A year after the outbreak of the 2020 Artsakh War, heated debates are still occurring in Armenia’s analytical and political circles on the causes of the war. Multiple claims are made during these lively discussions, but they rarely contain systematic and comprehensive explanations of the structural conditions and circumstances behind Azerbaijan’s large-scale offensive in September 2020.
The vast majority of Armenian politicians and analysts who express views on this topic focus on singular factors (depending on their political affiliation or professional preferences), ignoring multiple other causal explanations of the 44-day war. This trend makes it hard to see the bigger picture. That is why a comprehensive analytical framework is needed for the study of the entirety of variables that contributed to the outbreak of hostilities in the conflict zone last autumn.
One of the most popular tools for the study of causes of wars is an analytical framework known as “levels-of-analysis.” This analytical framework is used by Jack S. Levy and William R. Thompson in a book entitled “Causes of War.” Levy and Thompson identify three main levels at which different theories emphasize sources of war causation—the system (international system), state and societal, and decision-making levels. They also add the “dyadic” level, which displays the bilateral dynamics between pairs of states.
In their book, Levy and Thompson present the theories that explain causes of wars at the aforementioned levels of analysis. At the system level, the authors group together all the theories, which emphasize the changes in the international system as the main drivers of war. At this level, such factors as the number of great powers in the system, economic and military balance between them, the nature of international norms, as well as the structure and significance of international institutions in the system, are studied.
At the dyadic level, Levy and Thompson focus on the following theories of war causation: the theory of international rivalries, the “steps-to-war” model, the bargaining theory of war, and theories of economic interdependence and peace.
From all of these theories, the “steps-to-war” model is most useful for the Karabakh context. Paul D. Senese and John A. Vasquez are the authors of this model. It shows that there is a certain sequence of developments and emerging factors, which significantly increases the probability of war between conflicting states. The first of these factors is the nature of conflicts. Senese and Vasquez argue that territorial disputes are more likely to turn into full-blown wars. Formation of alliances is another step that raises the probability of war between conflicting parties. If the conflict occurs between two states with a previous history of military clashes, the probability of war is even higher. Military build-ups and arms races are also an important driver of escalation. Senese and Vasquez conclude: “The impact of each step on the probability of war is cumulative, so that the combination of two or more steps makes the relationship even more war-prone.”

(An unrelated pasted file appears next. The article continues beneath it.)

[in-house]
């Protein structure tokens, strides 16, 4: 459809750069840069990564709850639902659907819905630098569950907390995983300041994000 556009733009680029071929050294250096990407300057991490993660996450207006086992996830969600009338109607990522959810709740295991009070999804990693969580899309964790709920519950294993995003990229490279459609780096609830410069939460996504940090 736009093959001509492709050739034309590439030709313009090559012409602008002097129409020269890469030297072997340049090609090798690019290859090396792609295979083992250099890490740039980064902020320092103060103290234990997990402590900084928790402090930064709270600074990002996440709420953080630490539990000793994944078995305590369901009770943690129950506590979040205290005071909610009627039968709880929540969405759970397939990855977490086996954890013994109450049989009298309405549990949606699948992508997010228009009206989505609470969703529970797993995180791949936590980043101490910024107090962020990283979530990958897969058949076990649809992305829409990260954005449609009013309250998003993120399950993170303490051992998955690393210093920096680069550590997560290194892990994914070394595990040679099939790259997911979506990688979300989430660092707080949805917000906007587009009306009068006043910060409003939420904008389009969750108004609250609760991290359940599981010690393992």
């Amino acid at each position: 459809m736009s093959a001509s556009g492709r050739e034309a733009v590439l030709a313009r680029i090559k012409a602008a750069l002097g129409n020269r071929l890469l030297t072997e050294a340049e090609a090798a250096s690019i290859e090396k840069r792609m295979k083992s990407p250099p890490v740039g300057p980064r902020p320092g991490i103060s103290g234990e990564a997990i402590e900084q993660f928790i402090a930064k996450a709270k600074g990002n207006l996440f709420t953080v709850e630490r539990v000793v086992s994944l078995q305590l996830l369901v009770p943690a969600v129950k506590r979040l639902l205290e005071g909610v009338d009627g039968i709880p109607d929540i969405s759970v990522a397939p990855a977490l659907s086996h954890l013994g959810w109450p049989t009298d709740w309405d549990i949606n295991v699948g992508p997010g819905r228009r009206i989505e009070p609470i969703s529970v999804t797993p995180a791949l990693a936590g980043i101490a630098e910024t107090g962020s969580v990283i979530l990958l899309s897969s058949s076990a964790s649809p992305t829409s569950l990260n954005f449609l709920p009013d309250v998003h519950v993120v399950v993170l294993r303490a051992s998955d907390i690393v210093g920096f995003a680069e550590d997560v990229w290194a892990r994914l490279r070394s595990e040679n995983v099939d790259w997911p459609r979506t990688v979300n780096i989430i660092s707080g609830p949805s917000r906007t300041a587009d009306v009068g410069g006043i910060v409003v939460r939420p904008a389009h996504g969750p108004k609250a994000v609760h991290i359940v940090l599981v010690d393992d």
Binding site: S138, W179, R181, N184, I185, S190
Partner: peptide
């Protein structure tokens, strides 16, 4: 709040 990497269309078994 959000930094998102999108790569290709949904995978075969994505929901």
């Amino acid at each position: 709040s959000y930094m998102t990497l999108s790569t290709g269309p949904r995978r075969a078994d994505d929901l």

Theories at the state and societal level focus on the impact of domestic processes on foreign policy decisions. From the theories of war causation mentioned by Levy and Thompson at this level, the most relevant ones for our context are the diversionary theory of war and the theory of democratization and war.
According to the diversionary theory of war, ruling elites frequently conduct aggressive foreign policies to divert the attention of the domestic public from socio-economic and political problems inside the country, trying to achieve a “rally around the flag” effect.
The essence of the democratization and war theory is the assumption that democratizing countries with weak institutions are more war-prone than other regime types. In the absence of strong institutions, political systems are incapable of channeling the demands from newly-emerging social groups in the political process. This creates incentives for political elites to utilize nationalist and populist rhetoric for attracting mass support.
The last level of analysis singled out by Levy and Thompson is the decision-making level. At this level, the emphasis is put both on the personal characteristics of decision-makers and the peculiarities of decision-making processes in various government bodies.
Any comprehensive study of the causes of the 2020 Artsakh War must include all the sources of causation at the above-mentioned levels. Only the juxtaposition of causal factors at different levels of analysis can provide a holistic overview of conditions and developments that made the 2020 war possible.
The main factor at the system level was the weakening of the unipolar order and its gradual transition to multipolarity. This process caused the decline of the liberal order, which was in direct dependence on unipolarity and the relative power of the hegemonic state in the system—the United States. The emerging multipolar order and the relative decline of the hegemonic power in the system convinced the decision-makers in Washington, D.C. to conduct more pragmatic foreign policy and mobilize their resources toward the containment of their main global challenger—China. This global trend has resulted in a growing U.S. disengagement from the South Caucasus over the last 10 years, which significantly changed the post-Cold War balance of power in the region. The Trump presidency became the pinnacle of this process.
The U.S. engagement in the mediation of the Karabakh conflict peaked in 1999-2001, when Washington was the leading and the most active co-chair of the OSCE Minsk Group, nearly brokering a peace agreement in Key West. The U.S. and France were also actively engaged in the formulation process of the Basic Principles (also known as the Madrid Principles) presented to the conflicting parties in 2007. However, from that point on, Russia has been the only mediator state putting peace plans on the table from time to time. A vivid indication of the U.S. disengagement from the Karabakh peace process is the fact that the current U.S. co-chair of the Minsk Group, Andrew Schofer, who was appointed to that position in 2017, doesn’t hold an ambassadorial rank.